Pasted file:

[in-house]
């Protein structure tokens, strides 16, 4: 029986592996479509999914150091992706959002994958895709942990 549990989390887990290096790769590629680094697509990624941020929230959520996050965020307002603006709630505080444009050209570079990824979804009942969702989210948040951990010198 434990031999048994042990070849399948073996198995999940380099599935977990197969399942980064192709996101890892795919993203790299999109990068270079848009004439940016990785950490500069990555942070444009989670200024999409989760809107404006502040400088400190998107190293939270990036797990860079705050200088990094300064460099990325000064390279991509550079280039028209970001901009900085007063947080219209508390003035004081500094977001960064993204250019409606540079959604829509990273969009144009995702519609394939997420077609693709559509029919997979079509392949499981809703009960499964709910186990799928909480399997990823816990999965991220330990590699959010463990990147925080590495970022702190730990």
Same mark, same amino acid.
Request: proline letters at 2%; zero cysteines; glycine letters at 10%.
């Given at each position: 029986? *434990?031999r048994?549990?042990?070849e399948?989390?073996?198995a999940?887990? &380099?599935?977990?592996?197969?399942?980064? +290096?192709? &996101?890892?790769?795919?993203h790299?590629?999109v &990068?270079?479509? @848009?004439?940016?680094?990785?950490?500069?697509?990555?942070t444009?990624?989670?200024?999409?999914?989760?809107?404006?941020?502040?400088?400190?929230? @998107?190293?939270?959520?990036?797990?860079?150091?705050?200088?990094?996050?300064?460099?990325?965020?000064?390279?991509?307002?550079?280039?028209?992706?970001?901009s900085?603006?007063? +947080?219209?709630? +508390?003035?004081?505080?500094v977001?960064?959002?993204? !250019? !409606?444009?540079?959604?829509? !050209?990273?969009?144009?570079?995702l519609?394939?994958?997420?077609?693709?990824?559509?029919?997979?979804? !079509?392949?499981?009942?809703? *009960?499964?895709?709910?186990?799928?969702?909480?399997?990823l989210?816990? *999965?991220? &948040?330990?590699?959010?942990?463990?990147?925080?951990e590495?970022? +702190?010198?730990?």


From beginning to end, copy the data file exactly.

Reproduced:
[in-house]
């Protein structure tokens, strides 16, 4: 029986592996479509999914150091992706959002994958895709942990 549990989390887990290096790769590629680094697509990624941020929230959520996050965020307002603006709630505080444009050209570079990824979804009942969702989210948040951990010198 434990031999048994042990070849399948073996198995999940380099599935977990197969399942980064192709996101890892795919993203790299999109990068270079848009004439940016990785950490500069990555942070444009989670200024999409989760809107404006502040400088400190998107190293939270990036797990860079705050200088990094300064460099990325000064390279991509550079280039028209970001901009900085007063947080219209508390003035004081500094977001960064993204250019409606540079959604829509990273969009144009995702519609394939997420077609693709559509029919997979079509392949499981809703009960499964709910186990799928909480399997990823816990999965991220330990590699959010463990990147925080590495970022702190730990």
Same mark, same amino acid.
Request: proline letters at 2%; zero cysteines; glycine letters at 10%.
């Given at each position: 029986? *434990?031999r048994?549990?042990?070849e399948?989390?073996?198995a999940?887990? &380099?599935?977990?592996?197969?399942?980064? +290096?192709? &996101?890892?790769?795919?993203h790299?590629?999109v &990068?270079?479509? @848009?004439?940016?680094?990785?950490?500069?697509?990555?942070t444009?990624?989670?200024?999409?999914?989760?809107?404006?941020?502040?400088?400190?929230? @998107?190293?939270?959520?990036?797990?860079?150091?705050?200088?990094?996050?300064?460099?990325?965020?000064?390279?991509?307002?550079?280039?028209?992706?970001?901009s900085?603006?007063? +947080?219209?709630? +508390?003035?004081?505080?500094v977001?960064?959002?993204? !250019? !409606?444009?540079?959604?829509? !050209?990273?969009?144009?570079?995702l519609?394939?994958?997420?077609?693709?990824?559509?029919?997979?979804? !079509?392949?499981?009942?809703? *009960?499964?895709?709910?186990?799928?969702?909480?399997?990823l989210?816990? *999965?991220? &948040?330990?590699?959010?942990?463990?990147?925080?951990e590495?970022? +702190?010198?730990?």